The SECOND PART may show."

* The having a sum of money with him on Sunday, &c. shows this narrative to have been penned before the civil wars: the strict observance of the Sabbath was owing to change of manners at that period.—Percy.


47. Young Barnwell comes to thee
Sweet Sarah, my delight;
I am undone, unless thou stand
My faithful friend this night.

48. Our master to accompts
Hath just occasion found;
And I am caught behind the hand
Above two hundred pound.

49. And now his wrath to 'scape,
My love, I fly to thee,
Hoping some time I may remaine
In safety here with thee.

50. With that she knit her brows,
And looking all aquoy,
Quoth she, What should I have to do
With any prentice boy?

51. And seeing that you have purloyn'd
Your master's goods away,
The case is bad, and therefore here
You shall no longer stay.

52. Why, dear, thou know'st, I said,
How all which I could get,
I gave it, and did spend it all
Upon thee every whit.

53. Quoth she, Thou art a knave,
To charge me in this sort,
Being a woman of credit fair,
And known of good report.

54. Therefore I tell thee flat,
Be packing with good speed,
I do defie thee from my heart,
And scorn thy filthy deed.

55. Is this the friendship, that
You did to me protest?
Is this the great affection, which
You so to me exprest?

56. Now fie on subtle shrews!
The best is, I may speed
To get a lodging any where
For money in my need.

57. False woman, now farewell,
Whilst twenty pound doth last,
My anchor in some other haven
With freedom I will cast.

58. When she perceiv'd by this,
I had store of money there,
Stay, George, quoth she, thou art too quick:
Why, man, I did but jeer.

59. Dost think for all my speech,
That I would let thee go?
Faith no, said she, my love to thee
I wiss is more than so.

60. You scorne a prentice boy,
I heard you just now swear,
Wherefore I will not trouble you.——
——Nay, George, hark in thine ear;

61. Thou shalt not go to-night,
What chance soe'er befall;
But man we'll have a bed for thee,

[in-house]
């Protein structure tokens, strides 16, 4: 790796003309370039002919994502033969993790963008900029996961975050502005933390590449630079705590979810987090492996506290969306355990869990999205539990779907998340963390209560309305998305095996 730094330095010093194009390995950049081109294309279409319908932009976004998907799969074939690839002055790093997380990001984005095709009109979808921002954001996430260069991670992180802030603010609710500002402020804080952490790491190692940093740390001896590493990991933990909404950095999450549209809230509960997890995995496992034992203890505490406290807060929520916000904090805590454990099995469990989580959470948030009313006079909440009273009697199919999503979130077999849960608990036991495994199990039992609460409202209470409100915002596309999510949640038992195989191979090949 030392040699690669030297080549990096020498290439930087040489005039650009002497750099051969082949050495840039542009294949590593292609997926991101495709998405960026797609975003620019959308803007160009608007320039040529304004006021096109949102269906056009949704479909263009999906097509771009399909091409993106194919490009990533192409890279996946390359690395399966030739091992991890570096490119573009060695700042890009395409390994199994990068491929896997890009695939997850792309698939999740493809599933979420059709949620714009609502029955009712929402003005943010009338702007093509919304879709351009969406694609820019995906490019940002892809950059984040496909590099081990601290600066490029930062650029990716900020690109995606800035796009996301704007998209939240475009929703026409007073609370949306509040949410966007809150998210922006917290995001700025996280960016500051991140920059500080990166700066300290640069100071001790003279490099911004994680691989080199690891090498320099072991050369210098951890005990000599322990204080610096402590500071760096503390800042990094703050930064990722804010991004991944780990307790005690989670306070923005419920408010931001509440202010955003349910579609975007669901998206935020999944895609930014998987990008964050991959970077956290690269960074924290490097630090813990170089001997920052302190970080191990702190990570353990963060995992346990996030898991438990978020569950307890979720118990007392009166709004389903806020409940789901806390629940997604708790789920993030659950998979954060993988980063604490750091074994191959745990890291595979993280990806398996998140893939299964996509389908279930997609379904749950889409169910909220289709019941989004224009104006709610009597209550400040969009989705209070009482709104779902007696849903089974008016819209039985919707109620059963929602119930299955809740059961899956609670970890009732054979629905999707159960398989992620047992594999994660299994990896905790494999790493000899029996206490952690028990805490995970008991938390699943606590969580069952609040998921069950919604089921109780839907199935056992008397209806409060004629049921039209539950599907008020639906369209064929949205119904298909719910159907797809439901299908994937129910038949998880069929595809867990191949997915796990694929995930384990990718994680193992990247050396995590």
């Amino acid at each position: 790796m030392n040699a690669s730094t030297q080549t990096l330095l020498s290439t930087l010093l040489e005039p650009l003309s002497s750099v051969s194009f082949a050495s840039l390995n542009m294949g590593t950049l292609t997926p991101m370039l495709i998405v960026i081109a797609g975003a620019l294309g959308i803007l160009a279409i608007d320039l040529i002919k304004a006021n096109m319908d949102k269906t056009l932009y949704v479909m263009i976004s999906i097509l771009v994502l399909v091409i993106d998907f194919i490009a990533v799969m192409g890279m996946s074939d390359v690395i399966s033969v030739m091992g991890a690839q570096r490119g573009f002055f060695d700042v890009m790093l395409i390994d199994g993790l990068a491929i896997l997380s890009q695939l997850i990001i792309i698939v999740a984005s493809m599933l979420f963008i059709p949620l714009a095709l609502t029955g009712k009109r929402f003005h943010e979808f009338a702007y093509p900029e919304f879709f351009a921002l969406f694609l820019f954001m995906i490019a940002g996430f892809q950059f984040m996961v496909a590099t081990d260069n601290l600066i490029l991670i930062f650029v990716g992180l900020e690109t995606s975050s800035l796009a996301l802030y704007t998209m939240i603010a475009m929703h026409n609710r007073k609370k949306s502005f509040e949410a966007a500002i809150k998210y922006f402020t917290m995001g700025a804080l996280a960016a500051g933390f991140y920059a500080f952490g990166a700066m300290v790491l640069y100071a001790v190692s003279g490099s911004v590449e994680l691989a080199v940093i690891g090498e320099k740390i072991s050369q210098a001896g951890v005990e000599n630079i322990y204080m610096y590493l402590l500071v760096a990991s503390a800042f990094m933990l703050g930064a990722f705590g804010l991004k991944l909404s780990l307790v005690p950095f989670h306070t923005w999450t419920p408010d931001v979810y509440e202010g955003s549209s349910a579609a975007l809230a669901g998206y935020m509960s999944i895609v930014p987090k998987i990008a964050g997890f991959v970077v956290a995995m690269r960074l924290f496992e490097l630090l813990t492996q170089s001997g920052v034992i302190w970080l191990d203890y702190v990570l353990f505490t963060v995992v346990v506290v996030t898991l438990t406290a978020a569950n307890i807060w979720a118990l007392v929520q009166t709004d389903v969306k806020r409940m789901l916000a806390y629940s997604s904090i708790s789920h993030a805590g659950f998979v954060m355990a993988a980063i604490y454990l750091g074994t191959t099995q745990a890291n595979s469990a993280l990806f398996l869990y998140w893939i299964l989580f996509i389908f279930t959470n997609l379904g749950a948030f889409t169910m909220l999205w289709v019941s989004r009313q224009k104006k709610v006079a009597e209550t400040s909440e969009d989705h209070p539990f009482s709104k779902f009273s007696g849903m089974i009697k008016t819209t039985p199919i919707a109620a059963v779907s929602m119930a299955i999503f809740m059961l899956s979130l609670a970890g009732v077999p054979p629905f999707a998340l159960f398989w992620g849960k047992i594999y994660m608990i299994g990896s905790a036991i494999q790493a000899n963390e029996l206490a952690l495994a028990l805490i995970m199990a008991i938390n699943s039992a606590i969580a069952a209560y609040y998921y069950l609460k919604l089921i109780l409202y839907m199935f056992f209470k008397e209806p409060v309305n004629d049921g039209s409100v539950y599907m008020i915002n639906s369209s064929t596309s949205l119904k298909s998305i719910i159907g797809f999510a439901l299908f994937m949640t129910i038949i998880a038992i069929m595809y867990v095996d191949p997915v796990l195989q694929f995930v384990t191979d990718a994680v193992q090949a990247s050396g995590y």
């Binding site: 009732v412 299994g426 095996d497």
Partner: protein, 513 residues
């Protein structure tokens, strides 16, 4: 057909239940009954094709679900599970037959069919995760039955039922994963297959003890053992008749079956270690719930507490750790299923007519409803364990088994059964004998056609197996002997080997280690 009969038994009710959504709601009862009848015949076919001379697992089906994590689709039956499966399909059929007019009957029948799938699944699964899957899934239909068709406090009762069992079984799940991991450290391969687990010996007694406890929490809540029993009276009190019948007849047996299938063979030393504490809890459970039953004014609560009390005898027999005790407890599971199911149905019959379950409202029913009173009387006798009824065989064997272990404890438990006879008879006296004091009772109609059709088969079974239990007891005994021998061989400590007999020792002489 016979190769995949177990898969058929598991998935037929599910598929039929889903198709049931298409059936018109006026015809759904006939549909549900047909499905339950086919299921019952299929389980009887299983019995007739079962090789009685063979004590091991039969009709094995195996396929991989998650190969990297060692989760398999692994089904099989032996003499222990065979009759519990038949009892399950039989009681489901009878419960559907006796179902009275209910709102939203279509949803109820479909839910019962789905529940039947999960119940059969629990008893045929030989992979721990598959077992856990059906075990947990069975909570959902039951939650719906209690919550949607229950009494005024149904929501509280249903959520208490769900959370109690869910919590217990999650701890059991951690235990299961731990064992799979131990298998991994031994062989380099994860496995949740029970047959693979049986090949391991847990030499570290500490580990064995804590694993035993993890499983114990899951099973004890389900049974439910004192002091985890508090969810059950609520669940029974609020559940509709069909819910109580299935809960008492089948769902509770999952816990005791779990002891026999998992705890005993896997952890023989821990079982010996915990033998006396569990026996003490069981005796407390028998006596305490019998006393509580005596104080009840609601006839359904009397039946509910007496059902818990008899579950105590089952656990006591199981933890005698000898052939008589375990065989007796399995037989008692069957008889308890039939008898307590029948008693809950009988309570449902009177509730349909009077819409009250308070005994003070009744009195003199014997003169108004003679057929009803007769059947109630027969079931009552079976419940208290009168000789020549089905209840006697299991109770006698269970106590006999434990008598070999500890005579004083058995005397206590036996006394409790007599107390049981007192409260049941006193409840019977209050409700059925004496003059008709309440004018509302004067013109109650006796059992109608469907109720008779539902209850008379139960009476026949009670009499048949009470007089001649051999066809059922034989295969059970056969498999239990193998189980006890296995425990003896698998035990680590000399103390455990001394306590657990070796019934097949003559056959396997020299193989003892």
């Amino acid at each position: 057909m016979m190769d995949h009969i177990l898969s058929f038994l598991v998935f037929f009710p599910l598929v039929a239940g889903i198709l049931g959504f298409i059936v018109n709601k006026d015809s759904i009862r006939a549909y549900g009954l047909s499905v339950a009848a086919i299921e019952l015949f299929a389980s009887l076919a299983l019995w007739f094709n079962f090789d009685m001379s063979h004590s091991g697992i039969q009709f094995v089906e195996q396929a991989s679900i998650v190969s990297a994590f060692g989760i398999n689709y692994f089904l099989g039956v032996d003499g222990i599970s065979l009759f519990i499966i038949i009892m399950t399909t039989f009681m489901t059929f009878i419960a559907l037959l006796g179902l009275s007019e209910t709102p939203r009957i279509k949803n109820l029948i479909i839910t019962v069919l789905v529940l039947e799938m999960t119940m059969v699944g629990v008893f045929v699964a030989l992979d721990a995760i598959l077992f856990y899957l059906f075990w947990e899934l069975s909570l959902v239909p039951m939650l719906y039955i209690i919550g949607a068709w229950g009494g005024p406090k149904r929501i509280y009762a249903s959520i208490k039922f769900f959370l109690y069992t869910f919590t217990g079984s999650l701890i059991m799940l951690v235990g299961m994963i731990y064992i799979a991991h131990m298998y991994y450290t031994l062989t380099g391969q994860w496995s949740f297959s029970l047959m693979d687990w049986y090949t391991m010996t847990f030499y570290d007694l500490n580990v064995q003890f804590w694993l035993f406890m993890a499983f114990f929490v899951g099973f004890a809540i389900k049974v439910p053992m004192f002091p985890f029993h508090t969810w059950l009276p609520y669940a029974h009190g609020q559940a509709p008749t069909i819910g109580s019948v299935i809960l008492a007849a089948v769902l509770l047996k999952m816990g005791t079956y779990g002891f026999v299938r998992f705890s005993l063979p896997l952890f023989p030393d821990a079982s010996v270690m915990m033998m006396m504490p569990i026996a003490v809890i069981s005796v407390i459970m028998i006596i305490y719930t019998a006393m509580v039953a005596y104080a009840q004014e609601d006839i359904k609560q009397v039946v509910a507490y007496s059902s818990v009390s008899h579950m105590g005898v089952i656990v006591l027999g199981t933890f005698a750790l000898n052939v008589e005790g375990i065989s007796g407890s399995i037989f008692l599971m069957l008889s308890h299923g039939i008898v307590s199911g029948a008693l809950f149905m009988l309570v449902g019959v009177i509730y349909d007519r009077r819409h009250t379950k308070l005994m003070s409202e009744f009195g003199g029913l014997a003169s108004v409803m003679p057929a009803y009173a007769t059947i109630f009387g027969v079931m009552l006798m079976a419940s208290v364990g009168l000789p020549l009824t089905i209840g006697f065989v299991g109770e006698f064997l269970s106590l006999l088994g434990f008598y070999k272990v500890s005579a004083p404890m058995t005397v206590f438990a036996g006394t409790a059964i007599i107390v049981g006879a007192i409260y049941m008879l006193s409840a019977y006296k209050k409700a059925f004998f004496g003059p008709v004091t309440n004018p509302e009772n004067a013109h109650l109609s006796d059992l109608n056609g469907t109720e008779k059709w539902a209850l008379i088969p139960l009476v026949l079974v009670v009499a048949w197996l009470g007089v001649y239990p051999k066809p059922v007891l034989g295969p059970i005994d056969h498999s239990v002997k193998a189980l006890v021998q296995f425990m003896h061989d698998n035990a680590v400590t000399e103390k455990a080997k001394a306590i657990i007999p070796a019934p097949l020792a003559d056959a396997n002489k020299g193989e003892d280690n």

Or else the devil take all.

62. So I by wiles bewitcht,
And snar'd with fancy still,
Had then no power to get away,
Or to withstand her will.

63. For wine on wine I call'd,
And cheer upon good cheer;
And nothing in the world I thought
For Sarah's love too dear.

64. Whilst in her company,
I had such merriment;
All, all too little I did think,
That I upon her spent.

65. A fig for care and thought!
When all my gold is gone,
In faith, my girl, we will have more,
Whoever I light upon.

66. My father's rich, why then
Should I want store of gold?
Nay with a father sure, quoth she,
A son may well make bold.

67. I've a sister richly wed,
I'll rob her ere I'll want.
Nay then, quoth Sarah, they may well
Consider of you scant.

68. Nay, I an uncle have:
At Ludlow he doth dwell:
He is a grazier, which in wealth
Doth all the rest excell.

69. Ere I will live in lack,
And have no coyn for thee;
I'll rob his house, and murder him.
Why should you not? quoth she:

70. Was I a man, ere I
Would live in poor estate;
On father, friends, and all my kin,
I would my talons grate.

71. For without money, George,
A man is but a beast:
But bringing money, thou shalt be
Always my welcome guest.

72. For shouldst thou be pursued
With twenty hues and cryes,
And with a warrant searched for
With Argus' hundred eyes,

73. Yet here thou shalt be safe;
Such privy wayes there be,
That if they sought an hundred years,
They could not find out thee.

74. And so carousing both
Their pleasures to content:
George Barnwell had in little space
His money wholly spent.

75. Which done, to Ludlow straight
He did provide to go,
To rob his wealthy uncle there;
His minion would it so.

76. And once he thought to take
His father by the way,
But that he fear'd his master had
Took order for his stay.

77. Unto his uncle then
He rode with might and main,
Who with a welcome and good cheer
Did Barnwell entertain.

78. One fortnight's space he stayed
Until it chanced so,
His uncle with his cattle did
Unto a market go.

79. His kinsman rode with him,
Where he did see right plain,
Great store of money he had took:
When coming home again,

80. Sudden within a wood,
He struck his uncle down,
And beat his brains out of his head;
So sore he crackt his crown.

81. Then seizing fourscore pound,
To London straight he hyed,
And unto Sarah Millwood all
The cruell fact descryed.

82. Tush, 'tis no matter, George,
So we the money have
To have good cheer in jolly sort,
And deck us fine and brave.

83. Thus lived in filthy sort,
Until their store was gone:
When means to get them any more,
I wis, poor George had none.

84. Therefore in railing sort,
She thrust him out of door:
Which is the just reward of those,
Who spend upon a whore.

85. O! do me not disgrace
In this my need, quoth he,
She call'd him thief and murderer;—
With all the spight might be,

86. To the constable she sent,
To have him apprehended:
And shewed how far, in each degree,
He had the laws offended.

87. When Barnwell saw her drift,
To sea he got straightway;
Where fear and sting of conscience
Continually on him lay.

88. Unto the lord mayor then,
He did a letter write;
In which his own and Sarah's fault
He did at large recite.

89. Whereby she seized was,
And then to Ludlow sent;
Where she was judg'd, condemn'd, and hang'd,
For murder incontinent.